Cmdr. John Cochrane had always figured himself a lifelong Navy man. As skipper of the destroyer Kinkaid, he dreamed of commanding a carrier group or a battleship. But, on Thursday, one day after being acquitted of criminal negligence, he said he realizes those dreams were shattered in a twist of metal last November when his vessel collided with a Panamanian merchant ship.
“I suspect it will never happen,” said Cochrane, 44, who would like to command a ship again. “It’s difficult to convey to someone who hasn’t striven to command, but being in command is one of the most rewarding and satisfying experiences. I would go back if I could. What I want to do is what I had been doing before Nov. 12.”
Over the past two weeks, during eight days of court-martial proceedings, Cochrane heard his crew testify about the crash, which killed the Navy navigator and injured 17 sailors.
Much of the testimony made the ship’s crew seem ill-prepared. And Cochrane himself took the stand to testify about an embarrassing “memory lapse” that prompted him to give an erroneous account of the accident to an investigating admiral.
On Thursday, in a 90-minute interview with The Times, Cochrane and his wife, Suzanne, said that, despite his acquittal, the accident has not only derailed Cochrane’s career but also damaged the carefully wrought world they had created.
“I likened it to a death--it was a death to our way of life as we knew it. In one brief moment, John knew his career would never be the same,” said Suzanne, 42.
Cochrane realized as soon as he woke to the alarm on a clear, dark November morning that disaster had struck his ship by the Strait of Malacca. And, in the days that followed, he fell into a deep depression--trying to understand how the accident had occurred.
“I gladly would have traded places with the navigator. . . . I would much rather it had been me than him,” Cochrane said.
In late March, Cochrane requested permission to retire from the Navy but the request was denied as high-ranking Navy officials decided to press criminal charges against him in court-martial proceedings. Today, however, Cochrane says he wants to stay in the Navy--probably for two to three more years. And, he says, he certainly wants to receive his promotion to captain, which is slated for August.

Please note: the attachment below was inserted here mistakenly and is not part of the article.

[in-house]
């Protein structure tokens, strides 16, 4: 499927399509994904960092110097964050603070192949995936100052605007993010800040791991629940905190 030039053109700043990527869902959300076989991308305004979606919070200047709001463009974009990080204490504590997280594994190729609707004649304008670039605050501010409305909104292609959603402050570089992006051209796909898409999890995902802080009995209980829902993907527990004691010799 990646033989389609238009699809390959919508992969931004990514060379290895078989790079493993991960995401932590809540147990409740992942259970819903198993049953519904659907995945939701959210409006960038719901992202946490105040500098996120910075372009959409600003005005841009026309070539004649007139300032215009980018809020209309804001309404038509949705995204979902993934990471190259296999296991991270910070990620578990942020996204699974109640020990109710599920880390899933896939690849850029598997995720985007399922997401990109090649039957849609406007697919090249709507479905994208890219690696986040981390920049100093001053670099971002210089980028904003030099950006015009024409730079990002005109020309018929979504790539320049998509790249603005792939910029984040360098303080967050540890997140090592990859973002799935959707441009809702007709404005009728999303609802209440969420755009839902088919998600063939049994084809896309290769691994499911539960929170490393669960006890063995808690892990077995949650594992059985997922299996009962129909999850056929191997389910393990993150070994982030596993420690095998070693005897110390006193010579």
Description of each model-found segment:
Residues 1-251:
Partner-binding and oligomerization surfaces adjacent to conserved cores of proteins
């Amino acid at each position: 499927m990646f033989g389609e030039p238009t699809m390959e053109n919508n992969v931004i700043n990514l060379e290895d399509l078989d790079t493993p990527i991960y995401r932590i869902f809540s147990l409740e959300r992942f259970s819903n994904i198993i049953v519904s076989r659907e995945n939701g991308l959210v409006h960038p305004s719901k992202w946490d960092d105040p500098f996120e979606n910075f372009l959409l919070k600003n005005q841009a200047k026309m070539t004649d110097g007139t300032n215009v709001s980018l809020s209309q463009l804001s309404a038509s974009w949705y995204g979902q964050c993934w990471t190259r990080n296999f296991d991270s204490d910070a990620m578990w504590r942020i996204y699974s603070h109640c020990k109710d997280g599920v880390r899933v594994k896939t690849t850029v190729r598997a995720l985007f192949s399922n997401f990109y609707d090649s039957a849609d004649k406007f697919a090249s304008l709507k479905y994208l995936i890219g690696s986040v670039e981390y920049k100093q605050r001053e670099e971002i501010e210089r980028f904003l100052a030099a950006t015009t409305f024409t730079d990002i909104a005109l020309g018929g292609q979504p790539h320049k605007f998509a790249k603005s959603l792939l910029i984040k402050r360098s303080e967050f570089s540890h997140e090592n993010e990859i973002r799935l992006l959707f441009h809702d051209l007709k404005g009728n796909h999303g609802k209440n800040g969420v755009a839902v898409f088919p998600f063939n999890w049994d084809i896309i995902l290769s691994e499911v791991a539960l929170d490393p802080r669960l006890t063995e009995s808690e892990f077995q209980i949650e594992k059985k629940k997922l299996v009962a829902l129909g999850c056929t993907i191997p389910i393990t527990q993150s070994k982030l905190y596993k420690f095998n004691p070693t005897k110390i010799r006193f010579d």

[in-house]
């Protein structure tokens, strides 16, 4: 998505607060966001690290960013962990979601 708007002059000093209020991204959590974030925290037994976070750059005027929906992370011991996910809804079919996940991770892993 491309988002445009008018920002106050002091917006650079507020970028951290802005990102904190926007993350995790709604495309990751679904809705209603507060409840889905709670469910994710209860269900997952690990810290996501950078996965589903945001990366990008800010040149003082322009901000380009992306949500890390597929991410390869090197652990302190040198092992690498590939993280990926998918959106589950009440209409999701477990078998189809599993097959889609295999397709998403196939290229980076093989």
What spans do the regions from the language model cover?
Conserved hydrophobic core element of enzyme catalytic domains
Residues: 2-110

Cochrane’s court-martial does not affect that promotion, which will be awarded unless it is vetoed by the secretary of the Navy, said Cmdr. Craig Quigley, a Navy spokesman in Washington.
Cochrane is still uncertain about his plans and has not received his next assignment, though he requested a posting in San Diego.
“There’s an old saying that the reward for a general is not a bigger tent but command. In the Navy, the job is your reward,” said Cochrane, dressed in beige slacks and a light blue sports shirt, appearing more relaxed than he had been during the past two weeks.
“When you accept command, you recognize you are going to be held accountable. They didn’t force me to be a commanding officer, I volunteered. I asked. I worked 20 years for it.”
Even now, Cochrane cannot explain how the accident happened, except to point out the failures of two men upon whom he had relied: the navigator and the officer of the deck. The two were the cream of his crew, he said.
“That’s a mystery,” he said. “I’m sure that’s the way all tragedies happen. A whole bunch of things went wrong at the same time. If the officer of the deck called me, I would have been on the bridge in a flash, and it never would have happened. People who had not made serious mistakes in the past did so--I am at loss to explain.”
The navigator had miscalculated and told him the ship would arrive in one of the world’s busiest straits about 10 a.m., so Cochrane had scheduled a navigation briefing for the morning. But, in fact, the Kinkaid arrived at 5 a.m.--while its captain and navigator slept, and half the appropriate number of sailors manned the Combat Information Command.